Roman Pitcher with Erotic Scenes

SKU PF.0096

100 AD to 200 AD


7.75″ (19.7cm) high x 9″ (22.9cm) wide





Gallery Location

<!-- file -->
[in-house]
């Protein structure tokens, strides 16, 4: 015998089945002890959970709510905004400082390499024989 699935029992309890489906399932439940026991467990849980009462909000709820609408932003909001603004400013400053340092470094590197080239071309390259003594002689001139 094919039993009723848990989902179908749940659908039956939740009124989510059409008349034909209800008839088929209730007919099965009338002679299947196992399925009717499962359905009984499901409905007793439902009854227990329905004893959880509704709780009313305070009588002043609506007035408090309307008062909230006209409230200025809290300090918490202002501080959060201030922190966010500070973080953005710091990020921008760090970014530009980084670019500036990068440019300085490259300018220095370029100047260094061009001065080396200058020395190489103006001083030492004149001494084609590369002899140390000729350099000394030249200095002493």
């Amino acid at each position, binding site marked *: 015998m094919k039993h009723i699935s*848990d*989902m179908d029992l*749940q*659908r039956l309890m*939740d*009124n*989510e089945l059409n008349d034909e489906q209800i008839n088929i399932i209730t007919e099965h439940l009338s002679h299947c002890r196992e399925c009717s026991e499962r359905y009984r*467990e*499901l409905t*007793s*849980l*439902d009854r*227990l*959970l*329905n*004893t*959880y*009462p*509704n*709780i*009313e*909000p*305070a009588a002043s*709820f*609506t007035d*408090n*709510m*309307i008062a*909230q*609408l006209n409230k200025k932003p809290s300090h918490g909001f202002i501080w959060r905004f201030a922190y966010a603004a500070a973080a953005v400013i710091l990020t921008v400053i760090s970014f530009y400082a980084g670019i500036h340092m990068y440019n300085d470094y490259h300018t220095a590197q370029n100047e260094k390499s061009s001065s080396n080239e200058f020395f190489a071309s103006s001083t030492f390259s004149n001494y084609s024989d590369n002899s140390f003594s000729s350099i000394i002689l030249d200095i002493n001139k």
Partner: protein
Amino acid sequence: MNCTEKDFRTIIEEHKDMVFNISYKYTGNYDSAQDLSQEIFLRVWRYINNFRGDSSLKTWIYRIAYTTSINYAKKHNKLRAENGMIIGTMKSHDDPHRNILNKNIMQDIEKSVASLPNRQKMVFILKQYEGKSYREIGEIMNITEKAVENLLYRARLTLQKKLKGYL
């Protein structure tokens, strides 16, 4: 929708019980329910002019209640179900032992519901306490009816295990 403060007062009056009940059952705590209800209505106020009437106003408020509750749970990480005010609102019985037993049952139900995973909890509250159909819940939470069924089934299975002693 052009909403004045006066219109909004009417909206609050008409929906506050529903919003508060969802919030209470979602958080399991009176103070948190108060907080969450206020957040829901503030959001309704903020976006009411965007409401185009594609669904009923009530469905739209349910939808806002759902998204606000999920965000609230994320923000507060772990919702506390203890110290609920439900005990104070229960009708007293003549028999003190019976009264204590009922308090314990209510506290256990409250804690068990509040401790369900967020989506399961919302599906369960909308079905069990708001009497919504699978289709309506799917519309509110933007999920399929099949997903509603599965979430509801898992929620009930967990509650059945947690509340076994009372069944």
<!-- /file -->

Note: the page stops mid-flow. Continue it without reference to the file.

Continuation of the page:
This vessel was created in the characteristically red fabric for which Roman potters showed a great predilection. Its design is such that the broad expanse of the shoulder provides an ample field for the attachment of the six relief appliqués. The fabric and technique used for the creation of this vessel were extremely popular in the early Roman Imperial Period as examples of so-called Arrentine ware attest. With the passage of time, the techniques of the Arrentine potters were transformed to meet the demands of potters working as far west as Gaul and as far east as the Anatolian peninsula. The vessel under discussion represents the creation of just such a potter working in Central Gaul in the second century AD. The six relief appliqués depict amorous couples engaged in an array of positions, many of which can be paralleled by depictions either on other vases or in other media. The Romans were not averse to celebrating the carnal pleasures of the flesh enjoyed by heterosexual couples, as the subject matter of these appliqués clearly demonstrates. The purpose of such scenes was to titillate and, in some cases, to demonstrate the desire of a particular client when frequenting one of the houses of ill-repute for which Roman cities were famous. In such a case, these scenes appear to have served as visual answers to the question, “What is your pleasure, sir?” References: Catherine Jones, Sex or Symbol. Erotic Images of Greece and Rome (Austin 1982), pages 125-130, for a discussion of vessels of this type and their decoration and meaning.

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